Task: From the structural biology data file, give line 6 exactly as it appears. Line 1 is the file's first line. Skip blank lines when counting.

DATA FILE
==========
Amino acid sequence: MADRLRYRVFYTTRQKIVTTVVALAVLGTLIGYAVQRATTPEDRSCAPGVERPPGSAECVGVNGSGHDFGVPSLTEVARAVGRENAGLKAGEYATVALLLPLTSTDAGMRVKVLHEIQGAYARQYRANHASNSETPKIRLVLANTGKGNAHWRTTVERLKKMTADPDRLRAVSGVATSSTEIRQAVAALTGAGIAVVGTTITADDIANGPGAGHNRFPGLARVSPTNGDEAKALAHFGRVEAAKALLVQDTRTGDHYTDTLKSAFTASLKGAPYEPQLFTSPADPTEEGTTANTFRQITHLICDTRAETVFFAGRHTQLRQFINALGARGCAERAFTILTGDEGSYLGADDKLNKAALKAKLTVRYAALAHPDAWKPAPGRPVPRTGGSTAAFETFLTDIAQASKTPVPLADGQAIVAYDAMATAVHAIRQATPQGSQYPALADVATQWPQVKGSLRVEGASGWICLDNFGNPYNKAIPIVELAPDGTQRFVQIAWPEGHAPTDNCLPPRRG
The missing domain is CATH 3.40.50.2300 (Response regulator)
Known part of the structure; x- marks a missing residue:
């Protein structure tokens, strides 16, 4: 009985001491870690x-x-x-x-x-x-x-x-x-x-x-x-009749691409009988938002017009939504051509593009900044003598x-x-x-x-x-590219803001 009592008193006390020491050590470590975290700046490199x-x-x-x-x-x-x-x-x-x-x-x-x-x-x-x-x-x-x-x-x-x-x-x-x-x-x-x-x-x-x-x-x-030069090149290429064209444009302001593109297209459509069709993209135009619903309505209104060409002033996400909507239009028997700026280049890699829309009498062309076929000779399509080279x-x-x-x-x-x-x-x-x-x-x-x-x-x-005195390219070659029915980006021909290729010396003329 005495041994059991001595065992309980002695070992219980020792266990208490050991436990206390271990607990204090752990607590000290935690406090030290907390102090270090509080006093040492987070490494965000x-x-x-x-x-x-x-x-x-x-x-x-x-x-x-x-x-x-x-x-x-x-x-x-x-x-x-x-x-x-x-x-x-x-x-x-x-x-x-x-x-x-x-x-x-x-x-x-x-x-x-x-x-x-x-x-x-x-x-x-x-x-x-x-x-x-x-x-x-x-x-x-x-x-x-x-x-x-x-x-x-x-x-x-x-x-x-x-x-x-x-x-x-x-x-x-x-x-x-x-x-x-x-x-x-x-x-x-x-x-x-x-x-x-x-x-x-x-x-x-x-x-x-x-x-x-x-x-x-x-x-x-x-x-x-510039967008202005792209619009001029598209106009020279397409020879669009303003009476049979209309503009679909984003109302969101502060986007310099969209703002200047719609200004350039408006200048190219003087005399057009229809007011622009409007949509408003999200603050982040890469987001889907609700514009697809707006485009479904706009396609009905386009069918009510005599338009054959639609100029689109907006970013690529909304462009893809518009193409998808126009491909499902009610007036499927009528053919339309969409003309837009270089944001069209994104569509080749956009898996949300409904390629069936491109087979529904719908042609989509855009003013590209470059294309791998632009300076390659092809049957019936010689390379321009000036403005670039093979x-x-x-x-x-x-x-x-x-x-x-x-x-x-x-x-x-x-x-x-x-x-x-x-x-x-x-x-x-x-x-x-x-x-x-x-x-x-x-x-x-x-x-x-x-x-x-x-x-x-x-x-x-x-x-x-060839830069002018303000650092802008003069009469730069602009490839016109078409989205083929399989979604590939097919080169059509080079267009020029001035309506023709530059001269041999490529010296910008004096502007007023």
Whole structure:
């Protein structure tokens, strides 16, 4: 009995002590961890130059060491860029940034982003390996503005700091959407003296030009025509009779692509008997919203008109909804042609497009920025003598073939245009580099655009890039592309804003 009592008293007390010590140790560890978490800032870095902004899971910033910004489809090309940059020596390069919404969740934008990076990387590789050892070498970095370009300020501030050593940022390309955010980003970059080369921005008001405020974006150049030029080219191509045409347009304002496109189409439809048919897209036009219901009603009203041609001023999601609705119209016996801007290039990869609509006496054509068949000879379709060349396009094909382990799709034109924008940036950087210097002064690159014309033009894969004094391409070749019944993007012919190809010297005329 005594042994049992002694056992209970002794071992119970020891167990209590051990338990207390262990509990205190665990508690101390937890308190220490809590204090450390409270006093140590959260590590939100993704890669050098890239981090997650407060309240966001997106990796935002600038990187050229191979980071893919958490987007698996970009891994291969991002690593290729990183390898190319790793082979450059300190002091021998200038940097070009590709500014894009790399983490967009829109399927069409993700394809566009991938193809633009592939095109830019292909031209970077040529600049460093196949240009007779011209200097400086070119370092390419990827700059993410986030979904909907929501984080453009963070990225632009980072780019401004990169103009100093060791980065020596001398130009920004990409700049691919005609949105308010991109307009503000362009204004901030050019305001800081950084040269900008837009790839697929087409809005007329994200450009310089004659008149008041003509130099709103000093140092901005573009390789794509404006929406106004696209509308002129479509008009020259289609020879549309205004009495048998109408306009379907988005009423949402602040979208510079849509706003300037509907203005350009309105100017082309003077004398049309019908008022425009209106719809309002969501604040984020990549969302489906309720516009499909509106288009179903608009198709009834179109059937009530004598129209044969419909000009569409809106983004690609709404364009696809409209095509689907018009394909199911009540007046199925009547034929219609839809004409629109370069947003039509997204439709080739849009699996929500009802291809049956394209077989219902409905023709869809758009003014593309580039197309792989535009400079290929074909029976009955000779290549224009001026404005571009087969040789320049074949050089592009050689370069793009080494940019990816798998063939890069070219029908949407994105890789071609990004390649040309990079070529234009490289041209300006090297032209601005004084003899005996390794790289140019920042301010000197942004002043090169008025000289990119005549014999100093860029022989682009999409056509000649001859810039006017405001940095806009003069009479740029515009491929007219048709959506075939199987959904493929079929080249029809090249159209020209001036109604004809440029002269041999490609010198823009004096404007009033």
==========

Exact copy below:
């Protein structure tokens, strides 16, 4: 009995002590961890130059060491860029940034982003390996503005700091959407003296030009025509009779692509008997919203008109909804042609497009920025003598073939245009580099655009890039592309804003 009592008293007390010590140790560890978490800032870095902004899971910033910004489809090309940059020596390069919404969740934008990076990387590789050892070498970095370009300020501030050593940022390309955010980003970059080369921005008001405020974006150049030029080219191509045409347009304002496109189409439809048919897209036009219901009603009203041609001023999601609705119209016996801007290039990869609509006496054509068949000879379709060349396009094909382990799709034109924008940036950087210097002064690159014309033009894969004094391409070749019944993007012919190809010297005329 005594042994049992002694056992209970002794071992119970020891167990209590051990338990207390262990509990205190665990508690101390937890308190220490809590204090450390409270006093140590959260590590939100993704890669050098890239981090997650407060309240966001997106990796935002600038990187050229191979980071893919958490987007698996970009891994291969991002690593290729990183390898190319790793082979450059300190002091021998200038940097070009590709500014894009790399983490967009829109399927069409993700394809566009991938193809633009592939095109830019292909031209970077040529600049460093196949240009007779011209200097400086070119370092390419990827700059993410986030979904909907929501984080453009963070990225632009980072780019401004990169103009100093060791980065020596001398130009920004990409700049691919005609949105308010991109307009503000362009204004901030050019305001800081950084040269900008837009790839697929087409809005007329994200450009310089004659008149008041003509130099709103000093140092901005573009390789794509404006929406106004696209509308002129479509008009020259289609020879549309205004009495048998109408306009379907988005009423949402602040979208510079849509706003300037509907203005350009309105100017082309003077004398049309019908008022425009209106719809309002969501604040984020990549969302489906309720516009499909509106288009179903608009198709009834179109059937009530004598129209044969419909000009569409809106983004690609709404364009696809409209095509689907018009394909199911009540007046199925009547034929219609839809004409629109370069947003039509997204439709080739849009699996929500009802291809049956394209077989219902409905023709869809758009003014593309580039197309792989535009400079290929074909029976009955000779290549224009001026404005571009087969040789320049074949050089592009050689370069793009080494940019990816798998063939890069070219029908949407994105890789071609990004390649040309990079070529234009490289041209300006090297032209601005004084003899005996390794790289140019920042301010000197942004002043090169008025000289990119005549014999100093860029022989682009999409056509000649001859810039006017405001940095806009003069009479740029515009491929007219048709959506075939199987959904493929079929080249029809090249159209020209001036109604004809440029002269041999490609010198823009004096404007009033």